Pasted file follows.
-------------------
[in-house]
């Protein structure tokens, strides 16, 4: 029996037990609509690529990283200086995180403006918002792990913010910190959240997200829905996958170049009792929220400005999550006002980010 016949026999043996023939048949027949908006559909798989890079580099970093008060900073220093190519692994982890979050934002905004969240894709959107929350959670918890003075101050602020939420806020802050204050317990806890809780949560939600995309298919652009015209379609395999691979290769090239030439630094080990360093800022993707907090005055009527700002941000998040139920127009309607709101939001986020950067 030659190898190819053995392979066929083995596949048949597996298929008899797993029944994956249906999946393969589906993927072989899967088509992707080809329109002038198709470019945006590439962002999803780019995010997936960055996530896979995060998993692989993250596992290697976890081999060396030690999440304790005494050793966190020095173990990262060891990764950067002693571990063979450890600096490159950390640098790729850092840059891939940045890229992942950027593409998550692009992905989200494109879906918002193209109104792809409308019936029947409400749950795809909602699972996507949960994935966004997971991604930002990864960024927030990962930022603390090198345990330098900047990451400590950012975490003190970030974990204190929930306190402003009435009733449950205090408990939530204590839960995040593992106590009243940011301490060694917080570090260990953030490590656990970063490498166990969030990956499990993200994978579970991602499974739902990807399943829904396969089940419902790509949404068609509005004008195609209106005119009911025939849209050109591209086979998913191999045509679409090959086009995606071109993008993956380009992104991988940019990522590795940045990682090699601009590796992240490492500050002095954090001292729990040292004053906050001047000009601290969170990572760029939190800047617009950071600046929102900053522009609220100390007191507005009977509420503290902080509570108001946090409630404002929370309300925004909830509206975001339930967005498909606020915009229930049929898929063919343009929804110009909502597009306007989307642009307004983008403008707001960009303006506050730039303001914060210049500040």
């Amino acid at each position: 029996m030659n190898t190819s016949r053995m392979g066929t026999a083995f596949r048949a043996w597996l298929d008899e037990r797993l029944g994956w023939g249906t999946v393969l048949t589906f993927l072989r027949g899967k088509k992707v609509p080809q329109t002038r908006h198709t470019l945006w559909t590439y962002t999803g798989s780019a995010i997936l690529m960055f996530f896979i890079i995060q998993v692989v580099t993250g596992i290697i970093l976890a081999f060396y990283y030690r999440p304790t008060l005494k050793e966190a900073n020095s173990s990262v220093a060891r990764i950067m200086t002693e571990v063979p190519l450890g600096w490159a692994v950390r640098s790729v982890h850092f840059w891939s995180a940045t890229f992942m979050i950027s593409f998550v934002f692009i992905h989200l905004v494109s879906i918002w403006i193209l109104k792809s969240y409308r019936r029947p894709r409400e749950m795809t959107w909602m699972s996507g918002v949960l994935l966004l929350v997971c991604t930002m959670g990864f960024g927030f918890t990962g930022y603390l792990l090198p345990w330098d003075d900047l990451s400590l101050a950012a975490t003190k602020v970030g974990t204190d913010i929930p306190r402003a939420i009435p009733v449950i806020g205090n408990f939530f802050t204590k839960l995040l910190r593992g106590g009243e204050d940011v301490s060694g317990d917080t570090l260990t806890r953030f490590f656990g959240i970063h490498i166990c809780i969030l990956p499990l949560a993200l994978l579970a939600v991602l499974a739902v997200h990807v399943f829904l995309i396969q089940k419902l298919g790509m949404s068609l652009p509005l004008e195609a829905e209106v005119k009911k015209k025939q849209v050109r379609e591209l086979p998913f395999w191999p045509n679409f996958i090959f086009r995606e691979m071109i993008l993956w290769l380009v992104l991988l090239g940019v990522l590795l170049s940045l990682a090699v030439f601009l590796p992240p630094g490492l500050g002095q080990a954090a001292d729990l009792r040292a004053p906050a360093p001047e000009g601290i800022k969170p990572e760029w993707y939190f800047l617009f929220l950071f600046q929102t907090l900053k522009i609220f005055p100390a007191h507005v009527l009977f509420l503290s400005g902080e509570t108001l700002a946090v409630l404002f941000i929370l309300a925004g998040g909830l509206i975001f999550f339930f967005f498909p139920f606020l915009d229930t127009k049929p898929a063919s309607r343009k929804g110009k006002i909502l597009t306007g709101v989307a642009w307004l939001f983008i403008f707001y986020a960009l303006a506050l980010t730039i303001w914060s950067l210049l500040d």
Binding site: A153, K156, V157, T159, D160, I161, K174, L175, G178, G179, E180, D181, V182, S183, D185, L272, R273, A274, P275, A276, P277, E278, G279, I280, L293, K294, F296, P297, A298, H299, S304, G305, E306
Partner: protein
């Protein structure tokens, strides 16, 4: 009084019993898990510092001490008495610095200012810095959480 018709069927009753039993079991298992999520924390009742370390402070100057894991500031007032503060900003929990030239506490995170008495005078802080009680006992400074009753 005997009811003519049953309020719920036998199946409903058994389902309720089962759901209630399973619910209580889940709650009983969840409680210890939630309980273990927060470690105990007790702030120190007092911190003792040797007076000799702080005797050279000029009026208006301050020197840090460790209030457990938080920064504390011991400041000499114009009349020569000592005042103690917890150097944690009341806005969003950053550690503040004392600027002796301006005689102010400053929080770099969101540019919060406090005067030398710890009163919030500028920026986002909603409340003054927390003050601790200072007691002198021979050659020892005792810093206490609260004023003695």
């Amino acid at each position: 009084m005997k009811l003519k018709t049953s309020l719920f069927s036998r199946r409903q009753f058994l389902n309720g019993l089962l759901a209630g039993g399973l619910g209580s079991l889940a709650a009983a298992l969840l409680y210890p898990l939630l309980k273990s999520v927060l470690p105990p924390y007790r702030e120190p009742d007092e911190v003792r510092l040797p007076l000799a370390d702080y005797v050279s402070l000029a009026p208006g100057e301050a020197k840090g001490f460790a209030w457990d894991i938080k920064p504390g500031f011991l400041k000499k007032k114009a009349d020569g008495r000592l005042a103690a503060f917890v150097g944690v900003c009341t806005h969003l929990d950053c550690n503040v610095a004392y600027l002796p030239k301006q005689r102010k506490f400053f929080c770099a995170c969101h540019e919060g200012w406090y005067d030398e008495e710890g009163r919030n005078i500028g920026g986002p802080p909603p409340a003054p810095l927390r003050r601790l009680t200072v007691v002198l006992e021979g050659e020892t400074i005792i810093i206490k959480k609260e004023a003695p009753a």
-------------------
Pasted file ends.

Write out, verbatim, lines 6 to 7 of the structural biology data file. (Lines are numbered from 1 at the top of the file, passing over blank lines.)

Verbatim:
């Protein structure tokens, strides 16, 4: 009084019993898990510092001490008495610095200012810095959480 018709069927009753039993079991298992999520924390009742370390402070100057894991500031007032503060900003929990030239506490995170008495005078802080009680006992400074009753 005997009811003519049953309020719920036998199946409903058994389902309720089962759901209630399973619910209580889940709650009983969840409680210890939630309980273990927060470690105990007790702030120190007092911190003792040797007076000799702080005797050279000029009026208006301050020197840090460790209030457990938080920064504390011991400041000499114009009349020569000592005042103690917890150097944690009341806005969003950053550690503040004392600027002796301006005689102010400053929080770099969101540019919060406090005067030398710890009163919030500028920026986002909603409340003054927390003050601790200072007691002198021979050659020892005792810093206490609260004023003695």
């Amino acid at each position: 009084m005997k009811l003519k018709t049953s309020l719920f069927s036998r199946r409903q009753f058994l389902n309720g019993l089962l759901a209630g039993g399973l619910g209580s079991l889940a709650a009983a298992l969840l409680y210890p898990l939630l309980k273990s999520v927060l470690p105990p924390y007790r702030e120190p009742d007092e911190v003792r510092l040797p007076l000799a370390d702080y005797v050279s402070l000029a009026p208006g100057e301050a020197k840090g001490f460790a209030w457990d894991i938080k920064p504390g500031f011991l400041k000499k007032k114009a009349d020569g008495r000592l005042a103690a503060f917890v150097g944690v900003c009341t806005h969003l929990d950053c550690n503040v610095a004392y600027l002796p030239k301006q005689r102010k506490f400053f929080c770099a995170c969101h540019e919060g200012w406090y005067d030398e008495e710890g009163r919030n005078i500028g920026g986002p802080p909603p409340a003054p810095l927390r003050r601790l009680t200072v007691v002198l006992e021979g050659e020892t400074i005792i810093i206490k959480k609260e004023a003695p009753a």